So the device is not as accessible as it once was.
    But, it's still not subject to regulation.
    Chipman: Anyone could buy these.
    They're no age requirements, they're not regulated by the government.
    They're like a toaster.
    So what about other technology that falls into this category?
    The most lethal firearms,
    weapons that activists like Chipman and Jones are most concerned about,
    Manufacturers like Springfield Armory have designed guns
    that mimic a short barreled rifle
    without technically violating the law.
    These are the identical frames of the well known AR-15 and AK-47 rifles.
    But they've made them into pistols.
    Take the SAINT.
    It's modeled after Springfield Armory's popular semi-automatic weapon.
    But instead, it's a AR-15 pistol with a 7.5" barrel.
    A 7.5" barrel is shorter than the 16" legal limit for a rifle.
    But the barrel length of a pistol isn't regulated by the National Firearms Act.
    So why is this gun considered a pistol, not a rifle?
    Well, it doesn't have a buttstock
    Companies have come up with an attachable product called a
    that basically functions like a buttstock.
    It was created with the intention of threading your arm through the brace
    to fire with one hand.
    But, customers are using the brace to stabilize the gun against their shoulder.
    like a traditional shoulder stock.
    That effectively turns the gun into a short-barreled rifle.
    But because it was created to be fired like a pistol,
    it still isn't subject to NFA regulations.
    Chipman: And because they're rifle rounds,
    they are going at a much faster speed, they defeat body armor,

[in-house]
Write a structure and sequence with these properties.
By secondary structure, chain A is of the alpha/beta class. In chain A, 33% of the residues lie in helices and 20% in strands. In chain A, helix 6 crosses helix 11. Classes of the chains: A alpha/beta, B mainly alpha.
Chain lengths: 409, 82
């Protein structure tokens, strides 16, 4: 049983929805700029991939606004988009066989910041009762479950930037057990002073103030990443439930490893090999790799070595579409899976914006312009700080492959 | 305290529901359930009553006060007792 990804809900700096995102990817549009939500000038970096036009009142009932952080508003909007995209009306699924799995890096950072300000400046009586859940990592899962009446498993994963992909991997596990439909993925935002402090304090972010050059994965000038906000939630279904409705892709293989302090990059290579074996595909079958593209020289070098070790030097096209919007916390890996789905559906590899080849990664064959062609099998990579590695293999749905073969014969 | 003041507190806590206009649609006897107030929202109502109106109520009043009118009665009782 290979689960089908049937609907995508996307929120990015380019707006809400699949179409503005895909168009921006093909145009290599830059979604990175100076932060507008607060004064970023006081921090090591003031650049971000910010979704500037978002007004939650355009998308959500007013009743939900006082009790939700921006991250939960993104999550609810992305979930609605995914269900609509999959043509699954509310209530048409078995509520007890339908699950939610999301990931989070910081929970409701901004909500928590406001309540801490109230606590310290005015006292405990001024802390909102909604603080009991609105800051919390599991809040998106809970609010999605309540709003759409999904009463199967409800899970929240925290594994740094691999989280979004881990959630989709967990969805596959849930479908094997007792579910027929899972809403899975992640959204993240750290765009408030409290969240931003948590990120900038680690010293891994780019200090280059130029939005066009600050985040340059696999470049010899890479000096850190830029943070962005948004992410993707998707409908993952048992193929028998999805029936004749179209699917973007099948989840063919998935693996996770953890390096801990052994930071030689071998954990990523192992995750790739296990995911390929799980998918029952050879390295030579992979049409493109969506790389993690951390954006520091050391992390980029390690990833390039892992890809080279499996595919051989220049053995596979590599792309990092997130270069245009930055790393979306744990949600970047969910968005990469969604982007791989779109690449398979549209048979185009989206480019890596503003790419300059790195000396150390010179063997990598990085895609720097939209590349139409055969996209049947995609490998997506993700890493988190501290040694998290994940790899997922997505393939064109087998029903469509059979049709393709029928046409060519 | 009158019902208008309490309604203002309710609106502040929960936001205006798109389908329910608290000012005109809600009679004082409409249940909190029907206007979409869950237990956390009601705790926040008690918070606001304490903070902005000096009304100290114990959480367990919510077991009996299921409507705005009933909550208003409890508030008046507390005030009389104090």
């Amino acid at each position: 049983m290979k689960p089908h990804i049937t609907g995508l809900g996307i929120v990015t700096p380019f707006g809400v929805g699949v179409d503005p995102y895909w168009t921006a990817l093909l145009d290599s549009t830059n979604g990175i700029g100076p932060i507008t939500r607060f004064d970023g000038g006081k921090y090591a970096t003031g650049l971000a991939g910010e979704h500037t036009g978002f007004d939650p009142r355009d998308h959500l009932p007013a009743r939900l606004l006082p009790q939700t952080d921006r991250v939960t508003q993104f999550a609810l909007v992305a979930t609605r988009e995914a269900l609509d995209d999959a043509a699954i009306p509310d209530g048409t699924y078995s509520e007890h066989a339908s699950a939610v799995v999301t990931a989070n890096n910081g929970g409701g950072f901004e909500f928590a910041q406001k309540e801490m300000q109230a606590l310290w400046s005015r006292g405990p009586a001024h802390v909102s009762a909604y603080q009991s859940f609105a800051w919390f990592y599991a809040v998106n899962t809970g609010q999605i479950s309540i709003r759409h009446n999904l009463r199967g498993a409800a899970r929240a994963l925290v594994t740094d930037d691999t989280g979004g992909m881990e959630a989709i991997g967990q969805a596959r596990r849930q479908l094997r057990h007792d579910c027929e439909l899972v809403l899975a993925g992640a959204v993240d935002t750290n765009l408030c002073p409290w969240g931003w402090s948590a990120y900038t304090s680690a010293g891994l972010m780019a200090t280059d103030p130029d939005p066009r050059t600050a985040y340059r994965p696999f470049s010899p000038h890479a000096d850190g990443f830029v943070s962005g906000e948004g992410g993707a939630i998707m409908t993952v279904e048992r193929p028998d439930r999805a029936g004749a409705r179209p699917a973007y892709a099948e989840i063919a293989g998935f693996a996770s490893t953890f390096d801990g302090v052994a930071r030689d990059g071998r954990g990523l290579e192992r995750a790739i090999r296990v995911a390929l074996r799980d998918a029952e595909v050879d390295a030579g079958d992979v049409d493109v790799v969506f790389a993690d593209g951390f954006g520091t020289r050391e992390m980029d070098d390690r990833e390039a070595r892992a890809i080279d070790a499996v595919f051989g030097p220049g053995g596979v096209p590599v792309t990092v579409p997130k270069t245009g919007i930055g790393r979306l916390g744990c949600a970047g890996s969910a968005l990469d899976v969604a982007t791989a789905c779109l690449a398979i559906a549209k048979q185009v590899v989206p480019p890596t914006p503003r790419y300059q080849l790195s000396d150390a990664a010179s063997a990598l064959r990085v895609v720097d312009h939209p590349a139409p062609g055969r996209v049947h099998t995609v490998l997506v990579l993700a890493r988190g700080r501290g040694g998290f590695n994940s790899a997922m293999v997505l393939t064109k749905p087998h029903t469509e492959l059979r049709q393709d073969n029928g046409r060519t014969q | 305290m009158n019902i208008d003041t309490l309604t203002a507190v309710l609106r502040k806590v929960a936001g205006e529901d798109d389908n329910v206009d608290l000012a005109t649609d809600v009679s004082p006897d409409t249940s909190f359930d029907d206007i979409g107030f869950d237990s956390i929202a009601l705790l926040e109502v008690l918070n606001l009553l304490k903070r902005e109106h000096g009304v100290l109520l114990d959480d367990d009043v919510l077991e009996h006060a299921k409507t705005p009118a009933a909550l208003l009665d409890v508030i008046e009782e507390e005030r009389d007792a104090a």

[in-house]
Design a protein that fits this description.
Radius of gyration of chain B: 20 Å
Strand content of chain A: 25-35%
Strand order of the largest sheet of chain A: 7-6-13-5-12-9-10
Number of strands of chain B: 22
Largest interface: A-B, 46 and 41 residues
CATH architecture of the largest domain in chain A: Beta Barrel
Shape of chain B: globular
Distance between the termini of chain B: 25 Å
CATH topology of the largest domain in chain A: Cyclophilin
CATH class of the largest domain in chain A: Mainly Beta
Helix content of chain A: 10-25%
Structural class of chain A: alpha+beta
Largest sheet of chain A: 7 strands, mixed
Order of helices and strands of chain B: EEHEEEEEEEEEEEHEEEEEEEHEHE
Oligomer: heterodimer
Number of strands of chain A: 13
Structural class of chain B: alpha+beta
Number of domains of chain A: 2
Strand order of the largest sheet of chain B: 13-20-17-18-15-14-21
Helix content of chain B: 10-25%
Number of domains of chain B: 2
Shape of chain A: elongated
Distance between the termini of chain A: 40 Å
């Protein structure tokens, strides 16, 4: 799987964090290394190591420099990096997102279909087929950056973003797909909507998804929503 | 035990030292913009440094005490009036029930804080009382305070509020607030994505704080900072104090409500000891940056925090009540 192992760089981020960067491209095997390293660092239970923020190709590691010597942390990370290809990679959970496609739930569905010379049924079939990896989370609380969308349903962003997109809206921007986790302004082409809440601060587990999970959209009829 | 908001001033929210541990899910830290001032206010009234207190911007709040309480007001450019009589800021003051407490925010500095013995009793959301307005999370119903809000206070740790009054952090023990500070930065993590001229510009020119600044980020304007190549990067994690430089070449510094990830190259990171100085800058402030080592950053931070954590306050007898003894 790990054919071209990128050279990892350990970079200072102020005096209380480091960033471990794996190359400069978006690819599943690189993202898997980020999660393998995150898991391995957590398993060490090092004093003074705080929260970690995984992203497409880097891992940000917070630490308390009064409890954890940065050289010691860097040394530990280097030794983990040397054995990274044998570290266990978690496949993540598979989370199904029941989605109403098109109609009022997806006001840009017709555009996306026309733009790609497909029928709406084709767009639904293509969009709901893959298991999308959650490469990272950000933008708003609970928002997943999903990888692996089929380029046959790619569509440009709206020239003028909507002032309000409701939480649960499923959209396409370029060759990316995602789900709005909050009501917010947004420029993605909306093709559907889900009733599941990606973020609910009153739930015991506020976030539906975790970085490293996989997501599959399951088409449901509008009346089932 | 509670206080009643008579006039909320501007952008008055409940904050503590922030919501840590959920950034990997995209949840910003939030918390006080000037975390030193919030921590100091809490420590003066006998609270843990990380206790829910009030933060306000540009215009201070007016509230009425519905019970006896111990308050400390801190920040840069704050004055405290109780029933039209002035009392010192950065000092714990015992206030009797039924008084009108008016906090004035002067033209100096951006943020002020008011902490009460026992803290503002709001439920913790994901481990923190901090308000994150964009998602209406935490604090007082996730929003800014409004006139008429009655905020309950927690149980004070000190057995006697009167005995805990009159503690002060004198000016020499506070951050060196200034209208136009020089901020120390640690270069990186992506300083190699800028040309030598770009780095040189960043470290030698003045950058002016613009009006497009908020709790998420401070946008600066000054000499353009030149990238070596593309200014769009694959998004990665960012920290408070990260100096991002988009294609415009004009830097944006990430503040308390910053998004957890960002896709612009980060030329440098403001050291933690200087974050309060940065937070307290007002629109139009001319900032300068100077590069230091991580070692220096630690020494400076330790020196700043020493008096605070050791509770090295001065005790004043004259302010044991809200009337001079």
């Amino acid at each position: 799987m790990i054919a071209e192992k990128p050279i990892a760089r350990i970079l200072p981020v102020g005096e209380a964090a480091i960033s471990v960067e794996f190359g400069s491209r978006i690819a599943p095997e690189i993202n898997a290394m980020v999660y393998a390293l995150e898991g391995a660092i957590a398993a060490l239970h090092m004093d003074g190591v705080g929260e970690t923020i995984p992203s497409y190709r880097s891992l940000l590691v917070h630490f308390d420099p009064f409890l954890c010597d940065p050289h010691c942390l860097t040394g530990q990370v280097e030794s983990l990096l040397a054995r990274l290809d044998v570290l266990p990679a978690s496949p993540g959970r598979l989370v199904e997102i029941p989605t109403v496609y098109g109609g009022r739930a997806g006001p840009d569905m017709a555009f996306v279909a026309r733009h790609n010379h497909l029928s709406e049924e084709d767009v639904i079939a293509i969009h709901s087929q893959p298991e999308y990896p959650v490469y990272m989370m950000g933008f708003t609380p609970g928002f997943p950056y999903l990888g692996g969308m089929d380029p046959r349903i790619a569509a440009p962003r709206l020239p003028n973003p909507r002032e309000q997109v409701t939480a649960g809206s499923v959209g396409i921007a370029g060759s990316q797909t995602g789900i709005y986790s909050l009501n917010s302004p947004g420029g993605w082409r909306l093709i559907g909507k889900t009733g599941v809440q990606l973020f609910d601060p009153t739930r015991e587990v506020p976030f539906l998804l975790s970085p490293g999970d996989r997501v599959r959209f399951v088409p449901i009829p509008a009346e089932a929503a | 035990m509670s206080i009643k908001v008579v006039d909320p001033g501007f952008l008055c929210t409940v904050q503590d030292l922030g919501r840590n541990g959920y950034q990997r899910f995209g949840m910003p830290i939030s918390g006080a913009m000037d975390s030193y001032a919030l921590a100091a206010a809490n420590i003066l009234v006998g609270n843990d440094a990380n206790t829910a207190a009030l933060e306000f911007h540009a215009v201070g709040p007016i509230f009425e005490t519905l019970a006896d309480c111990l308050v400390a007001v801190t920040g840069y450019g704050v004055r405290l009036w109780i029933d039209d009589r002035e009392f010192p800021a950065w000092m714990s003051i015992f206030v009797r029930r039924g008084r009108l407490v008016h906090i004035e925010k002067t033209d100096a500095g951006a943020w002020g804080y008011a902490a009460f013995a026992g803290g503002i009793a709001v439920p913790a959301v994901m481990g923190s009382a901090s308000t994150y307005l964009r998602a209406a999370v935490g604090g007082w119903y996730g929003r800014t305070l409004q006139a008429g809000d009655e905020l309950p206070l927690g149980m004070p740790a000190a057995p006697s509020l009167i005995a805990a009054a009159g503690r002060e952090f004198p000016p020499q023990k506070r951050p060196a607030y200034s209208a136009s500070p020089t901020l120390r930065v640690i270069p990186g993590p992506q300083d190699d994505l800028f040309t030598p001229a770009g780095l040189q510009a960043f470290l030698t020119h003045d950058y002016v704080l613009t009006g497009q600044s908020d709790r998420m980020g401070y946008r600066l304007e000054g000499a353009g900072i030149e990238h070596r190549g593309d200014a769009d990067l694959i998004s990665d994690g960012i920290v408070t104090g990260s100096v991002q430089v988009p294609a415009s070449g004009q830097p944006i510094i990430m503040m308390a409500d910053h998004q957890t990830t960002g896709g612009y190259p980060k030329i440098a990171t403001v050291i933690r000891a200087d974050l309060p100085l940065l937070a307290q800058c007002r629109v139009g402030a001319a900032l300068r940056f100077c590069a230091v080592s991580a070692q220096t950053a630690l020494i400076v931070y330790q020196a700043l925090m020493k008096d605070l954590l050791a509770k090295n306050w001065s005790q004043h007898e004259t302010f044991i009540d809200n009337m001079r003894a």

and when they hit you they just leave devastating wounds.
    And those are being treated like normal handguns.
    Another example is the Maxim 50 Muzzleloader.
    It's a single shot gun modeled after an antique style musket.
    so it's not nearly as lethal as the AR pistols.
    Only, at the end of the gun is a
    what the manufacturer calls a
    "The same advantages you have with a regular suppressor you can now enjoy with a muzzleloader."
    Because the moderator is permanently attached to an 'antique firearm'
    it's not considered a silencer, and therefore not regulated by the NFA.
    "The coolest thing about the Maxim 50, it comes right to your door, ready to hunt with."
    Which means anyone with $1000 can buy it online.
    Unless they live in one of a handful of states where the Maxim 50 is facing legal challenges.
    These products are becoming more common.
    As the National Firearm Act becomes less relevant,
    advocates like Chipman keep pushing to modernize the regulatory system.
    Chipman: I can't buy a car and not register it,
    I can't go buy pharmacy drugs without going to a pharmacy.
    I can't go buy beer off the internet and meet someone in a parking lot.
    But that's how we regulate guns and because of that,
    criminals know the avenues in which they can obtain them quite easily.
    Criminals are aware of the obsolete regulation
    Now, the broader public needs to be too.
    Chipman: It's particularly important that the 70% of Americans who don't own guns,
    understand what the gun lobby is doing full time
    to try to profit at the expense of us not being engaged on this issue.